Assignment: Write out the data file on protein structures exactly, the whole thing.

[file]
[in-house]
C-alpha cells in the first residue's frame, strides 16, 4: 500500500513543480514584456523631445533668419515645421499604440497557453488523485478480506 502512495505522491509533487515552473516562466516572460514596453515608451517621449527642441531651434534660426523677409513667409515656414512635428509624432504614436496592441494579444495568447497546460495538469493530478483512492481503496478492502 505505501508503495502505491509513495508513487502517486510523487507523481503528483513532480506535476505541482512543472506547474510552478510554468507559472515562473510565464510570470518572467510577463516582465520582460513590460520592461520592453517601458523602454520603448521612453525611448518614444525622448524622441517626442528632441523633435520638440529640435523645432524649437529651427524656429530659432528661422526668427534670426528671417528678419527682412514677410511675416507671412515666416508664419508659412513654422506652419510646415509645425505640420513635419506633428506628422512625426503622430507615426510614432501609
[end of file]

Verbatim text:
[in-house]
C-alpha cells in the first residue's frame, strides 16, 4: 500500500513543480514584456523631445533668419515645421499604440497557453488523485478480506 502512495505522491509533487515552473516562466516572460514596453515608451517621449527642441531651434534660426523677409513667409515656414512635428509624432504614436496592441494579444495568447497546460495538469493530478483512492481503496478492502 505505501508503495502505491509513495508513487502517486510523487507523481503528483513532480506535476505541482512543472506547474510552478510554468507559472515562473510565464510570470518572467510577463516582465520582460513590460520592461520592453517601458523602454520603448521612453525611448518614444525622448524622441517626442528632441523633435520638440529640435523645432524649437529651427524656429530659432528661422526668427534670426528671417528678419527682412514677410511675416507671412515666416508664419508659412513654422506652419510646415509645425505640420513635419506633428506628422512625426503622430507615426510614432501609